Apart from streamlining, the law also provides for the creation of a central business portal that will receive and capture application data on business-related transactions, while a Philippine business databank will provide LGUs and national government agencies access to information to verify the validity and existence of businesses. With this, businesses are not required to submit the same documentary requirement previously submitted
It is therefore necessary for regulatory agencies to undertake the RIA process which involves problem definition, setting the objectives, identifying options (from doing nothing or status quo to other options), impact analysis (cost-benefit analysis), comparing options, and implementation and monitoring.
World Bank strongly suggests that regulatory agencies must subject any proposed regulation to the regulatory impact assessment (RIA), a tool that ensures the quality of regulations through a rigorous, well-defined and evidence-based analysis.
RIA is a process and a document to “clean” the rules particularly those involving high regulatory risks that reduce investment and competition; high transaction costs due to a complex, multi-layered, often arbitrary rules that are vulnerable to corruption; too little market regulation, poor enforcement, and under-institutionalization in policy areas as consumer and environmental protection; and checks and balances, such as an effective judiciary which are weak, harming new entrants.
In a recent training on RIA, World Bank emphasizes that a good regulation should be focused on policy problem, introduced when necessary and proportionate to the risk posed by the policy problem, accountable to those affected by the regulation and those who confer regulatory authority, transparent or consultation based, and consistent, taking into account existing rules and regulations.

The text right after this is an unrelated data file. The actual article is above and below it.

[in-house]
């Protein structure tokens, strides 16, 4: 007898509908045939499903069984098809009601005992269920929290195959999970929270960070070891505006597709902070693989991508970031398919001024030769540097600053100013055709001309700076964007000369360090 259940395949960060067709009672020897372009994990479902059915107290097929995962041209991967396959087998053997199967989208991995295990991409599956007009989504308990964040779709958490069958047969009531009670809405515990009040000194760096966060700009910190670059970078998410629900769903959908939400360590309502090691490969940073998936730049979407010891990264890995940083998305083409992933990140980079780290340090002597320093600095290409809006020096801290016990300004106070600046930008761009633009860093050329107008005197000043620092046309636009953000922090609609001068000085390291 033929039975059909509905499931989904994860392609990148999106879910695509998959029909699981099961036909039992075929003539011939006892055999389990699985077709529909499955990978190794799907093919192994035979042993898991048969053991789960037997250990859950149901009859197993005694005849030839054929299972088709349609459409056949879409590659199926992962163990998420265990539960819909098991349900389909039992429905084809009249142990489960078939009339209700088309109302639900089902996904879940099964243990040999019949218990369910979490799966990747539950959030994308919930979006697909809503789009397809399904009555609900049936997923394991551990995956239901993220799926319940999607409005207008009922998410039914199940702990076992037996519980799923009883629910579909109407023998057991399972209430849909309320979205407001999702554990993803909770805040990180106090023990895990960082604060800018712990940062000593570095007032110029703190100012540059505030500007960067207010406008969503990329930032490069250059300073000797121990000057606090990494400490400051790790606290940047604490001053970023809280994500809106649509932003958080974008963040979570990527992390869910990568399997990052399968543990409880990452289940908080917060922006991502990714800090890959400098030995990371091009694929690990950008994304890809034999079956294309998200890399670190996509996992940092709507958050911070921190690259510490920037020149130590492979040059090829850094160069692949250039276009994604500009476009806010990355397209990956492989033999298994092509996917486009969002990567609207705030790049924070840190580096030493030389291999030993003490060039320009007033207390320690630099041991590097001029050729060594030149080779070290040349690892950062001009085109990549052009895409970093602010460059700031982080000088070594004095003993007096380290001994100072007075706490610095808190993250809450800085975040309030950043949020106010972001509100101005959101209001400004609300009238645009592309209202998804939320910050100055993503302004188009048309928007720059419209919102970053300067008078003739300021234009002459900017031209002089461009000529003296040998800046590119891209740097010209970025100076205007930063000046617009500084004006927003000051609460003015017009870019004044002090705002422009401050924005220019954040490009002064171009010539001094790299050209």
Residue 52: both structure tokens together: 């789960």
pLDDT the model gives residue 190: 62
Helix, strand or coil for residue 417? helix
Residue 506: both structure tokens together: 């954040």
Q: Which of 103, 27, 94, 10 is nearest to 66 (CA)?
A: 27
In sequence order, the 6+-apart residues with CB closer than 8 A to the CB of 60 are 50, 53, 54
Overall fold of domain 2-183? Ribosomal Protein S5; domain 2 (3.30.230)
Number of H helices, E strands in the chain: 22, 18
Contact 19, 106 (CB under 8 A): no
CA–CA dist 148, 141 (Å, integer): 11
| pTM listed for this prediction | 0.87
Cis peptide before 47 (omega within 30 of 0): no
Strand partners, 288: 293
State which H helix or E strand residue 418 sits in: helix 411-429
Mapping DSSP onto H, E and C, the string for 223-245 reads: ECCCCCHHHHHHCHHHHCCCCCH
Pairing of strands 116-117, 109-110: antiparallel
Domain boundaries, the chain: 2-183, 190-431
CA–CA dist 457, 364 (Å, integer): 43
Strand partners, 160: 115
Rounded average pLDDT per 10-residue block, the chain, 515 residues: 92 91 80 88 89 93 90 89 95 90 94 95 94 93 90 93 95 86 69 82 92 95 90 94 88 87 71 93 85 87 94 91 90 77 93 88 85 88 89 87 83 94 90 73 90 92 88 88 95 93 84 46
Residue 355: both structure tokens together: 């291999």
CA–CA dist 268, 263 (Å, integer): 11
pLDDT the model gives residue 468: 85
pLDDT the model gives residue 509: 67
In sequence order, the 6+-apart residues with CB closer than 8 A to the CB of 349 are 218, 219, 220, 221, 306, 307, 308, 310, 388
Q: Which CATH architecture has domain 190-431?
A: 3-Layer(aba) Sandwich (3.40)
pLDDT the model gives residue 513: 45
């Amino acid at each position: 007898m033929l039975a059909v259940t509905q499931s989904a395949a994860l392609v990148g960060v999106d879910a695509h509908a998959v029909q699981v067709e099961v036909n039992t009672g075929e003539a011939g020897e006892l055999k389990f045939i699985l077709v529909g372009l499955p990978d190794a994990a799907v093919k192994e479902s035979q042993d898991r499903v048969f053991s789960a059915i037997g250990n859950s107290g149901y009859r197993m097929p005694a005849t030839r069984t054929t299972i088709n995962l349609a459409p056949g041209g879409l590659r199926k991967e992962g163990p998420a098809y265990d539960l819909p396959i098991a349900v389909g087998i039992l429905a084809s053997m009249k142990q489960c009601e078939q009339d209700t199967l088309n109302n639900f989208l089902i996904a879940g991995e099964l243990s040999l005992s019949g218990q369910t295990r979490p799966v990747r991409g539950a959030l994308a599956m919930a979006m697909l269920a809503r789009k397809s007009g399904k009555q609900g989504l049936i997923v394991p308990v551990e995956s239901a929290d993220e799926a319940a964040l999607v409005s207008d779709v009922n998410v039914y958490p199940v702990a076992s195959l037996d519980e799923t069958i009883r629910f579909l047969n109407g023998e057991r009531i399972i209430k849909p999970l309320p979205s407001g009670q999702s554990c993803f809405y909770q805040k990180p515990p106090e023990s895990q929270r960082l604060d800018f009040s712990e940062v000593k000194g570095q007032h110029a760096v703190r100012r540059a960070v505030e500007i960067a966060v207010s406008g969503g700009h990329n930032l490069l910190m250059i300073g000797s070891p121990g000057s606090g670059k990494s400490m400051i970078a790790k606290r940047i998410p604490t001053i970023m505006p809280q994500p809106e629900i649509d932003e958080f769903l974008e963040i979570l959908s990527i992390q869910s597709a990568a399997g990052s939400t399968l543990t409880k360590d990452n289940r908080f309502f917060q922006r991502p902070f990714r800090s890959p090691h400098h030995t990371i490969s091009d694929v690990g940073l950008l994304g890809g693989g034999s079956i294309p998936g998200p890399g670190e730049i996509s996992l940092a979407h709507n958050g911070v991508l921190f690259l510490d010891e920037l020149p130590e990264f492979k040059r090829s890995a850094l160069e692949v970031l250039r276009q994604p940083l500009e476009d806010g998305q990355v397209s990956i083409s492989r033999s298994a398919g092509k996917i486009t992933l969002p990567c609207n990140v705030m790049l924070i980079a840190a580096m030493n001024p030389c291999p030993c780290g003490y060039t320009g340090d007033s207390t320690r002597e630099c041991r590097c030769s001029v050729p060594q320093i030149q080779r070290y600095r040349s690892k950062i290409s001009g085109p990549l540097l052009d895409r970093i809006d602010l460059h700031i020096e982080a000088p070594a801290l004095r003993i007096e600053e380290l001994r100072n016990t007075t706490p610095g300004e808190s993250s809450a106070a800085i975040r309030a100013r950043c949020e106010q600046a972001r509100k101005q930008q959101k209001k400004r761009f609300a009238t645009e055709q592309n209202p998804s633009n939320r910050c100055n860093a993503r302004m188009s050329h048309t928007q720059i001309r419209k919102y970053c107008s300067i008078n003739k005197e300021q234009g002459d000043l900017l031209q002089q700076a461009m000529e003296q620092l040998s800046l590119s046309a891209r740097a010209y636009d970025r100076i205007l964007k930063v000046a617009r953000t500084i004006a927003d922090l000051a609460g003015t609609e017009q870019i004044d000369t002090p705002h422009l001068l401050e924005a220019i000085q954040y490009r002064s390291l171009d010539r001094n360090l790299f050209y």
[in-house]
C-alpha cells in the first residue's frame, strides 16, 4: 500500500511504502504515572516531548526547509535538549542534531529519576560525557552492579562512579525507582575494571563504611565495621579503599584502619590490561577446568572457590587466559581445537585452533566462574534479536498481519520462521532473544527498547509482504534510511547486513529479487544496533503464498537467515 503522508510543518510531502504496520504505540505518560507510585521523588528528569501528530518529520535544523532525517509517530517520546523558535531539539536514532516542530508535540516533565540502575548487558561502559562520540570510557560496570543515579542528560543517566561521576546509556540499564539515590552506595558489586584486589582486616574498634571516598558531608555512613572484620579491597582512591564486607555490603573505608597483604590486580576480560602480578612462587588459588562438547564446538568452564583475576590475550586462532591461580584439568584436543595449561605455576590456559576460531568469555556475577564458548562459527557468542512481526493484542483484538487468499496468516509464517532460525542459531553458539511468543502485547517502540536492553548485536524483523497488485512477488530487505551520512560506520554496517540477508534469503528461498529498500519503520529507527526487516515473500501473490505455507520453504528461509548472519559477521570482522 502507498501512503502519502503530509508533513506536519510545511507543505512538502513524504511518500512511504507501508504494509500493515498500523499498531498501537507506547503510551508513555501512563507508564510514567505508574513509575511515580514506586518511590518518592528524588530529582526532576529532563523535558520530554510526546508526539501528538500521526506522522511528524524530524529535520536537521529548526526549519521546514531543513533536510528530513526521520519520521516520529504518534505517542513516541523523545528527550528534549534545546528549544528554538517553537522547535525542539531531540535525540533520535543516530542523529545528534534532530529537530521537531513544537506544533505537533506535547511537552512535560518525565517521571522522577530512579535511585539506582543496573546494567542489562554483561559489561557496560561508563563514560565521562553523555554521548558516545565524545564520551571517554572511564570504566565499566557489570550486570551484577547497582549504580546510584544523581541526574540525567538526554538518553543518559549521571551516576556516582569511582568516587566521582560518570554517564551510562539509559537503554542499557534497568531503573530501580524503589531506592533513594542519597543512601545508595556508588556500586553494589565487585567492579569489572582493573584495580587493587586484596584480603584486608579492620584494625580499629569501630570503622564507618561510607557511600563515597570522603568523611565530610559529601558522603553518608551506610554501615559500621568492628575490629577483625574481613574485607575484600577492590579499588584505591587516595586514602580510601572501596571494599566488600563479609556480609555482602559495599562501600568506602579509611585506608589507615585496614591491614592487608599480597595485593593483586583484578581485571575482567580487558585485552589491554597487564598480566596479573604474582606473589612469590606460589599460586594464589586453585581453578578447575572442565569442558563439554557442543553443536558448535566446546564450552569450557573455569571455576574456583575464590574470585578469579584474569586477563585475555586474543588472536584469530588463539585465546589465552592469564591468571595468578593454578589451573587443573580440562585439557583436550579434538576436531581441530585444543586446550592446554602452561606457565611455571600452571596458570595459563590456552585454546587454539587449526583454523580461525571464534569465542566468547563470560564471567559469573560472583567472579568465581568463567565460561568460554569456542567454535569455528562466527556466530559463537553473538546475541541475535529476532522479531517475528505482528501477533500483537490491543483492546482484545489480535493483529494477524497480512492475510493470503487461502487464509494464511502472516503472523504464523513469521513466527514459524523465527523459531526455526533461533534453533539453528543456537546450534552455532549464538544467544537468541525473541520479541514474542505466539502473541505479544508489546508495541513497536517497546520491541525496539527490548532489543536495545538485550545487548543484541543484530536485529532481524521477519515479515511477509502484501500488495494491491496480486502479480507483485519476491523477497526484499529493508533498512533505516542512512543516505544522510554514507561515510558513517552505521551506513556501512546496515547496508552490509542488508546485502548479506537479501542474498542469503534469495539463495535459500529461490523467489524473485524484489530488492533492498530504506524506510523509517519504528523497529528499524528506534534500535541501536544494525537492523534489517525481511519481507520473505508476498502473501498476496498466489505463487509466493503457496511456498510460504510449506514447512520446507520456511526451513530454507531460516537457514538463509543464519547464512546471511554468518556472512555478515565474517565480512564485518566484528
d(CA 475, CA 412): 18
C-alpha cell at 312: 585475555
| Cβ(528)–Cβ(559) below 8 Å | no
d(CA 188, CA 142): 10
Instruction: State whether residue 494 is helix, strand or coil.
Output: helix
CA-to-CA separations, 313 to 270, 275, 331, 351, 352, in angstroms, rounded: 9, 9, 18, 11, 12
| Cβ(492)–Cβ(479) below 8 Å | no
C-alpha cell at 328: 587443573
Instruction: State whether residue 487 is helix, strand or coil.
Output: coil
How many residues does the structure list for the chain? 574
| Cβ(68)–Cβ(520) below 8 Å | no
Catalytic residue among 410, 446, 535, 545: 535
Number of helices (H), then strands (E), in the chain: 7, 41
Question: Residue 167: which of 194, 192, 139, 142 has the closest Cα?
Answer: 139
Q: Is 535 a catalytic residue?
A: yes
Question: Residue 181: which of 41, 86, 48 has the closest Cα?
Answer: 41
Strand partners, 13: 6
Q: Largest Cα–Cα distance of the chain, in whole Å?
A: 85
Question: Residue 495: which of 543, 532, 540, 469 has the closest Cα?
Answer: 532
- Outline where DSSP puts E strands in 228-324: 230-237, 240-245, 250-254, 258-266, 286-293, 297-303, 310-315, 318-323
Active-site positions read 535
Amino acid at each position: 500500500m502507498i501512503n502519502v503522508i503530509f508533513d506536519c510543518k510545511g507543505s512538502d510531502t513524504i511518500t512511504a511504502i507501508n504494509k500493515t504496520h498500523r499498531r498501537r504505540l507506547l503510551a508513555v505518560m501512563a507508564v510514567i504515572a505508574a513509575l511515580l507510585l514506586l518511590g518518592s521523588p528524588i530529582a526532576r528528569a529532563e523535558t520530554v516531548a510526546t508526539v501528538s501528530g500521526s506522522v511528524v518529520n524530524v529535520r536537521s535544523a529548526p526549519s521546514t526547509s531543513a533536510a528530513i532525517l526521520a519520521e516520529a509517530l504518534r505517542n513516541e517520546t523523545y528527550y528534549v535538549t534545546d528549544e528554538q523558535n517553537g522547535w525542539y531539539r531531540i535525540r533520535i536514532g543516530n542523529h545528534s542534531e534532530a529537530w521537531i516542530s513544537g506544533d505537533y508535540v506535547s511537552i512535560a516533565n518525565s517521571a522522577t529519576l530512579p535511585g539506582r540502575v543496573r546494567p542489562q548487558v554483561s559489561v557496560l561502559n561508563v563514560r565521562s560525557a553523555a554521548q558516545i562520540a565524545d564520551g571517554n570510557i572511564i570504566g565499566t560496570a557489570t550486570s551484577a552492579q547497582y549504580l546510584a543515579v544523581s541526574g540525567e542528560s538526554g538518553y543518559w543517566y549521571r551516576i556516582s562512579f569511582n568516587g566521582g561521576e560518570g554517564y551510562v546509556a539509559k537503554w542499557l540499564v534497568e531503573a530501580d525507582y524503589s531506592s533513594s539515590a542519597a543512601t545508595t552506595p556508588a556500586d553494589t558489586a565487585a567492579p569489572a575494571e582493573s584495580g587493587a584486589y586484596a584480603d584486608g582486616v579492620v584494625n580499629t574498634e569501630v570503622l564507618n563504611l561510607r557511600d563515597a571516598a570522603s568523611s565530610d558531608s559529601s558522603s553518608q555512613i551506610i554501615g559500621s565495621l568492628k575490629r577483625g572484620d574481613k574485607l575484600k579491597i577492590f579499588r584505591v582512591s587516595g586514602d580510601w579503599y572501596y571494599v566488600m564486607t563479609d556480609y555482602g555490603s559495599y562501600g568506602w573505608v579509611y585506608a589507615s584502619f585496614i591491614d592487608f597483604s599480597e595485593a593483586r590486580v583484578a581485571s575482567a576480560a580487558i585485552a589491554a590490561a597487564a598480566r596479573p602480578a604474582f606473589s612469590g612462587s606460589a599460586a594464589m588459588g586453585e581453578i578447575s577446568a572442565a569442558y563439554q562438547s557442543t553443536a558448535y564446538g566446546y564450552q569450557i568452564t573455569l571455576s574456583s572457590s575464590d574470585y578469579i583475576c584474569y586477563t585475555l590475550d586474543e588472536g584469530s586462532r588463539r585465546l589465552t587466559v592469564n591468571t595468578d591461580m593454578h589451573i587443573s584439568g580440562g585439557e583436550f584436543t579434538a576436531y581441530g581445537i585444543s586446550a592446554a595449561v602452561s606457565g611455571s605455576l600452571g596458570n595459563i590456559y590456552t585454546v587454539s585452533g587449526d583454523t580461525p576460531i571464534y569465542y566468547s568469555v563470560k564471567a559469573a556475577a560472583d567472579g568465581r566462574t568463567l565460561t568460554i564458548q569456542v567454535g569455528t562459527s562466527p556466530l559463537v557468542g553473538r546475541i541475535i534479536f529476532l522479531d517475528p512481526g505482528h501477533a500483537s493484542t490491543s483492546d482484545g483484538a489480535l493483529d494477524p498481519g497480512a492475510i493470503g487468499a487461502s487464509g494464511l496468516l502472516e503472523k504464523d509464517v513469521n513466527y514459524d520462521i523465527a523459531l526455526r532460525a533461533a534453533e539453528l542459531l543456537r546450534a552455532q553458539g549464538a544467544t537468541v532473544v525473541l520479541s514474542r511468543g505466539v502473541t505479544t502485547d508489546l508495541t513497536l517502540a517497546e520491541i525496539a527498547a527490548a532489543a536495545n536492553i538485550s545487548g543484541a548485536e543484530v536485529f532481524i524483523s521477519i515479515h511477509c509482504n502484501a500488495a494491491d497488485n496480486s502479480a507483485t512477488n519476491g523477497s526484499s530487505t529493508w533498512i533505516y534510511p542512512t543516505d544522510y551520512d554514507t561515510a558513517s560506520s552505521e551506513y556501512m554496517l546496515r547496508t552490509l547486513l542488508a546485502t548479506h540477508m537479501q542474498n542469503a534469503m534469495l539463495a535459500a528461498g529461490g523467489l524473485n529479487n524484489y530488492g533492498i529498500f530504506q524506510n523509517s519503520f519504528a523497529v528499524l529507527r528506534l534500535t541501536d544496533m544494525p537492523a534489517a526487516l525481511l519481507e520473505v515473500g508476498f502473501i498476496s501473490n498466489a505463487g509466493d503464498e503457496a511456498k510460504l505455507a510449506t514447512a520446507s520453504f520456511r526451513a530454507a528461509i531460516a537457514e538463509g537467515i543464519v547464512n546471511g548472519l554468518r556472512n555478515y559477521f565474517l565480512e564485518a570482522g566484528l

Corollary to this, the Office of the President issued Memorandum No. 27, series of 2017 which, directs among others, the NEDA to promote among regulatory agencies the use of RIA and other related tools. In Turn, NEDA now implements the Program on Modernizing Government Regulations (MGR) in cooperation with the Development Academy of the Philippines.
The Philippine Ports Authority (PPA) issued Memorandum Circular (MC) No. 07-2018 that approves the 7% increase of cargo handling tariff for international containerized and non-containerized cargoes at the two international terminals in Manila. The new rate takes effect on June 5, 2018.
PPA’s approved rate is lower than the 8.7% hike requested by the terminal operators, Asian Terminals, Inc. (ATI), which operates the Manila South Harbor, and the International Container Terminal Services, Inc. (ICTSI), which operates at the Manila International Container Terminal (MICT).
Under their contracts with PPA, both terminal operators may file for a rate hike every two years. The last cargo-handling tariff rate adjustment was in 2015, when PPA granted an 8% rate increase. Their petitions are in keeping with PPA Administrative Order 02-2018 which prescribes the revised methodology and formula for adjustment of Cargo Handling Tariff.
Prior to the approval of the rate adjustment, the Export Development Council (EDC) expressed its opposition to the original 8.72% request using the Consumer Price Index (All Items) National Capital Region. The CPI (All items) Philippines shall be the factor of adjustment as provided in Section 7 of PPA AO 02-2018. If applied, the rate hike should have been 6.52%.
Hence, for loaded Container Yard/Full Container Load is charged at US$ 105.457 for 20 ft container and US$ 147.517 for 40 ft. container. Empty Container is charged at US$ 88.646 for 20ft and US$ 114.203 for 40ft. Schedule of Cargo Handling Tariff at Manila International Container Terminal and South Harbor can be downloaded at PPA website at www.ppa.com.ph